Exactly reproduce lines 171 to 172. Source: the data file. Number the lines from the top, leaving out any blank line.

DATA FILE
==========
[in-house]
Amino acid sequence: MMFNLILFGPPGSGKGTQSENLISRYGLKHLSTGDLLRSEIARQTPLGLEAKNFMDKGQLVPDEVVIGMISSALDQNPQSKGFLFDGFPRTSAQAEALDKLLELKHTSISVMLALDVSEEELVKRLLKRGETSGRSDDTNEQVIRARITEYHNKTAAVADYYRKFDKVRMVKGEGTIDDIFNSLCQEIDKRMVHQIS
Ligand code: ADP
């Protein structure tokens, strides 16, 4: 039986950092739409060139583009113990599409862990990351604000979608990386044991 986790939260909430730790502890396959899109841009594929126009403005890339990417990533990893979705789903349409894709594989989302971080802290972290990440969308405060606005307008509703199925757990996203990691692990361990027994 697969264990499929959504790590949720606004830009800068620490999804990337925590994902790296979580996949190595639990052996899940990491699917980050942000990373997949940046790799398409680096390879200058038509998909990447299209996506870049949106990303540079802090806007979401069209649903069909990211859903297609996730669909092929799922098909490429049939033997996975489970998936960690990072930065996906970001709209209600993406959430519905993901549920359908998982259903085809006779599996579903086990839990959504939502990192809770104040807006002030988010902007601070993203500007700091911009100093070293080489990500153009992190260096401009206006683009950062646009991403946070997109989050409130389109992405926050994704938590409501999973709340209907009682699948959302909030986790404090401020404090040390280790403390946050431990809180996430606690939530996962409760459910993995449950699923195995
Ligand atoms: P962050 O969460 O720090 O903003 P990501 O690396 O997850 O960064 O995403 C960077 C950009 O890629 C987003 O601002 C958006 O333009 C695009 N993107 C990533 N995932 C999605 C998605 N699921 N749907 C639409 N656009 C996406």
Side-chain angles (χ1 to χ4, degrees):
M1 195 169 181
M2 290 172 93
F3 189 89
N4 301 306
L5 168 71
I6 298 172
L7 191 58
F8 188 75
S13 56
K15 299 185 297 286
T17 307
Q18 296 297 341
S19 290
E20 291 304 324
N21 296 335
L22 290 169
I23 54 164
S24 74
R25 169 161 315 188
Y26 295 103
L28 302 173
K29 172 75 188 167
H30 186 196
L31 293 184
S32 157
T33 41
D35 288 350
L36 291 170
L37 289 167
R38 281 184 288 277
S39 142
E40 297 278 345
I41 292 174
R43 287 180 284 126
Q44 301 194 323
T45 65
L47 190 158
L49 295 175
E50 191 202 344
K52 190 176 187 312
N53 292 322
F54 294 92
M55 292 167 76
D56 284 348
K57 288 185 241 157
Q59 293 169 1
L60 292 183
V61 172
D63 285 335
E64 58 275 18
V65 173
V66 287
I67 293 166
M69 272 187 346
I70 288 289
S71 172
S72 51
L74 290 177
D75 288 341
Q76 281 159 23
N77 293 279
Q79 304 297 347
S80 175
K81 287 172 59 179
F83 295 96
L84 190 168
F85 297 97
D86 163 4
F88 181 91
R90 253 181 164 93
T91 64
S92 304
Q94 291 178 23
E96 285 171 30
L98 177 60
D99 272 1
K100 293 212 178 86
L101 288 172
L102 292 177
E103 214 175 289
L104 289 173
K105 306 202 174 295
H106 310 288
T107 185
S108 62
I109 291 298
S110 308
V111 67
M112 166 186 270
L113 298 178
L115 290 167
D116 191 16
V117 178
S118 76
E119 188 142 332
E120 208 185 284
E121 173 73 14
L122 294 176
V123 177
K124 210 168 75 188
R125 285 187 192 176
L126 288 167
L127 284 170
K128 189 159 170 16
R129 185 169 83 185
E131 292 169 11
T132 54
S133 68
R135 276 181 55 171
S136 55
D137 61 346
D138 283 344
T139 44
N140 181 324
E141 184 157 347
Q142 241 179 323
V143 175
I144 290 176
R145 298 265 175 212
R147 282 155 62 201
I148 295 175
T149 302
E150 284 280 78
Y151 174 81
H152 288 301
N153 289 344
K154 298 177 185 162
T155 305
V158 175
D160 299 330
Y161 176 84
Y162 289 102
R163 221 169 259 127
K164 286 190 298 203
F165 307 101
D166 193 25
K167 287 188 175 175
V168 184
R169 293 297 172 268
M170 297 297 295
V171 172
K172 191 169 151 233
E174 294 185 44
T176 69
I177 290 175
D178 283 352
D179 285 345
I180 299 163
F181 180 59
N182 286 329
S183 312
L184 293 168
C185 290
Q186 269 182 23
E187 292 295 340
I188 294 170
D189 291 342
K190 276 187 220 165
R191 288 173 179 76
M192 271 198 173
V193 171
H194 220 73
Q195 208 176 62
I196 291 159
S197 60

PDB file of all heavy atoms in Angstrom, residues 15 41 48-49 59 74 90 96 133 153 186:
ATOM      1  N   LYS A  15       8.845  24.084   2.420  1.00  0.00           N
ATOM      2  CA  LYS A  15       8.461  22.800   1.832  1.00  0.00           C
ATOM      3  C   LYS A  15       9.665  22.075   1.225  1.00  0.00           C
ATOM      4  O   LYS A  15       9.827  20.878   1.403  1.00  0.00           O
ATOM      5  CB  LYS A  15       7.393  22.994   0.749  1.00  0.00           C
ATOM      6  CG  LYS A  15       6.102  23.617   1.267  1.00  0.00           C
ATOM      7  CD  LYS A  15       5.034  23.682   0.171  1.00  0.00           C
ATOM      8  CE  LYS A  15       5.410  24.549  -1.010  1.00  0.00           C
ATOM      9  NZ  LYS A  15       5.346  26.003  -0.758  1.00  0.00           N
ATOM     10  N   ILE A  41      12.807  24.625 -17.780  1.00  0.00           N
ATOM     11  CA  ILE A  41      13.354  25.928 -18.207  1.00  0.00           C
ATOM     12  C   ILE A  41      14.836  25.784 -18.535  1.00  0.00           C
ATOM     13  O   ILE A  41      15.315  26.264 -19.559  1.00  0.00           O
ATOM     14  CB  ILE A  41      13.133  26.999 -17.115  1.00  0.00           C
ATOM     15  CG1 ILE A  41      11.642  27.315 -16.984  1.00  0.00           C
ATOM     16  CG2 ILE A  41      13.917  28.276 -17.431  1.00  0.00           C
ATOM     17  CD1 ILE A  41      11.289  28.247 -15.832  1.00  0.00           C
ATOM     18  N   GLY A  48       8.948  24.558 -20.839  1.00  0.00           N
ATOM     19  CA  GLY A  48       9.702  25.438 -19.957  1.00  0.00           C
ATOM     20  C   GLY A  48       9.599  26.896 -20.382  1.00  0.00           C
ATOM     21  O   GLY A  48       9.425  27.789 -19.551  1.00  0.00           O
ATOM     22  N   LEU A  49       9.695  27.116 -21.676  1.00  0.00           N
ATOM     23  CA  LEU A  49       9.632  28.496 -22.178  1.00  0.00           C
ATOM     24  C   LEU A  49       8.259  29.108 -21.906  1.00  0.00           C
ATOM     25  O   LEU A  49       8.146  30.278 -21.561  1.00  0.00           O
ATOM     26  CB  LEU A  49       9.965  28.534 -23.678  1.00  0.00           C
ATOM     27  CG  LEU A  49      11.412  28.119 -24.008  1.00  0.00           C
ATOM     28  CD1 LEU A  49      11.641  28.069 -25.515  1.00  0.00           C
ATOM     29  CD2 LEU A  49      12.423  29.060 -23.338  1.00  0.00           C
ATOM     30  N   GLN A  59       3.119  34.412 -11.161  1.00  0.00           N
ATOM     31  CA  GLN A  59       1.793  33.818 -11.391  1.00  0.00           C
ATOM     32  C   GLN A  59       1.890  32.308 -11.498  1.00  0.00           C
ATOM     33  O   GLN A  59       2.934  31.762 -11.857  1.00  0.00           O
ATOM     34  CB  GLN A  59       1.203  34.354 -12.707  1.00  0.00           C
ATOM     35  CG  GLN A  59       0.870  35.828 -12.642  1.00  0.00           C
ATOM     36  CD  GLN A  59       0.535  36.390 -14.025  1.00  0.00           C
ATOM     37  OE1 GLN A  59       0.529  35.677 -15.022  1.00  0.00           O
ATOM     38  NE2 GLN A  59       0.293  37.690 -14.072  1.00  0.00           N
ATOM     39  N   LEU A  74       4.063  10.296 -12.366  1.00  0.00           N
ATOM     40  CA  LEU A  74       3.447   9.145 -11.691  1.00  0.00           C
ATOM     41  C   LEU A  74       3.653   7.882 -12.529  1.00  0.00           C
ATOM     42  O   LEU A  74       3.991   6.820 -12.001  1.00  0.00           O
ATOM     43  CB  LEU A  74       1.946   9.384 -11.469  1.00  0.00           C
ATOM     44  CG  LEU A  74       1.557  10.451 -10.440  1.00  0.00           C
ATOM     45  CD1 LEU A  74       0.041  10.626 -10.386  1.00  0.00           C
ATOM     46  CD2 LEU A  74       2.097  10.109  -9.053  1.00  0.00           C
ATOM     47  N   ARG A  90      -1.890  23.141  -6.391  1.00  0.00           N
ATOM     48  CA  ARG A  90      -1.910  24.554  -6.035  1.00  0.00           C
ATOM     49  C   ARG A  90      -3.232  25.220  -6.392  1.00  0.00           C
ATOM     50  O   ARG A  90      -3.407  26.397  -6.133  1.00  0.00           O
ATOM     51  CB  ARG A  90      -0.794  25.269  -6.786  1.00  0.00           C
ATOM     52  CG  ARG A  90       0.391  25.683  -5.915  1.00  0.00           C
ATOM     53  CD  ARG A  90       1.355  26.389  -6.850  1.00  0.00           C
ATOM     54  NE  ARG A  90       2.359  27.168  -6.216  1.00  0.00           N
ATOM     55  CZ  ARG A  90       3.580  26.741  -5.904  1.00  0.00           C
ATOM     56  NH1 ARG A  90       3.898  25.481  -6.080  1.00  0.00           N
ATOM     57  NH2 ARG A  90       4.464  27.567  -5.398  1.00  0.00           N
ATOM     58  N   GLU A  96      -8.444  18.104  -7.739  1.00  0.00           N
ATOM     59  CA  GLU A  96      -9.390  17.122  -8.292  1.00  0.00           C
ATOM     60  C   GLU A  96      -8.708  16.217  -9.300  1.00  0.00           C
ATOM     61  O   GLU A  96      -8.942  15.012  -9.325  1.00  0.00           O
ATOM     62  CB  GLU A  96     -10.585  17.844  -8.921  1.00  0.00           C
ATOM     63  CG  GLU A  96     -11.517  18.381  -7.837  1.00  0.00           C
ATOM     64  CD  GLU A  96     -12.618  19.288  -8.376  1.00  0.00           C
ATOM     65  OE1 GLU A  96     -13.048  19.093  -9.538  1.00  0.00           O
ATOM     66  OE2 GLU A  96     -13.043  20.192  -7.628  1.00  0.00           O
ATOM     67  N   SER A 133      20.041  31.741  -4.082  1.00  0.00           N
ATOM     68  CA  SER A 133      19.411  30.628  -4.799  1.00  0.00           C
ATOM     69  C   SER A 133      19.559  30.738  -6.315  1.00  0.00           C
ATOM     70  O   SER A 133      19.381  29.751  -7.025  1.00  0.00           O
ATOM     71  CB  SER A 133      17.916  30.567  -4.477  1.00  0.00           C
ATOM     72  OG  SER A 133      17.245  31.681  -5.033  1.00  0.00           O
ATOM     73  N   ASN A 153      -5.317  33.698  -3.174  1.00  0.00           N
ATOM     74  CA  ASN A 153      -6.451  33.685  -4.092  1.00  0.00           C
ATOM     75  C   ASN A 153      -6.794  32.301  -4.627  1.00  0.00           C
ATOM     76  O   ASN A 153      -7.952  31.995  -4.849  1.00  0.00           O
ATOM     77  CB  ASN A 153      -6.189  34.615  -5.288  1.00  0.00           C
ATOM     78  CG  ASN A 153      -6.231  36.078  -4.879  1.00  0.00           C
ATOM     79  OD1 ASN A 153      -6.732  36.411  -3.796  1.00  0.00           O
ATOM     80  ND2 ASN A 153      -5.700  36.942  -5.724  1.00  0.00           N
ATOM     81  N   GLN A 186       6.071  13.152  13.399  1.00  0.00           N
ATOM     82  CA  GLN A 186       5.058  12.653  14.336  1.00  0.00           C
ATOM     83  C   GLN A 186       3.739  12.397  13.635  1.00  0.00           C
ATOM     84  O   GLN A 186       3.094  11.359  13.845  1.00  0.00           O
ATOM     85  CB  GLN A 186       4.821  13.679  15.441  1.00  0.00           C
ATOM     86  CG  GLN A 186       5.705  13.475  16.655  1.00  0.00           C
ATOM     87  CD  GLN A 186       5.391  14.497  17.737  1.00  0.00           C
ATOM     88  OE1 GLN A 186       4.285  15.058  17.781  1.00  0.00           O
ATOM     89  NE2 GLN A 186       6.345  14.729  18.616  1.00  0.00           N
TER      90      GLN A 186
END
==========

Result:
S197 60

PDB file of all heavy atoms in Angstrom, residues 15 41 48-49 59 74 90 96 133 153 186: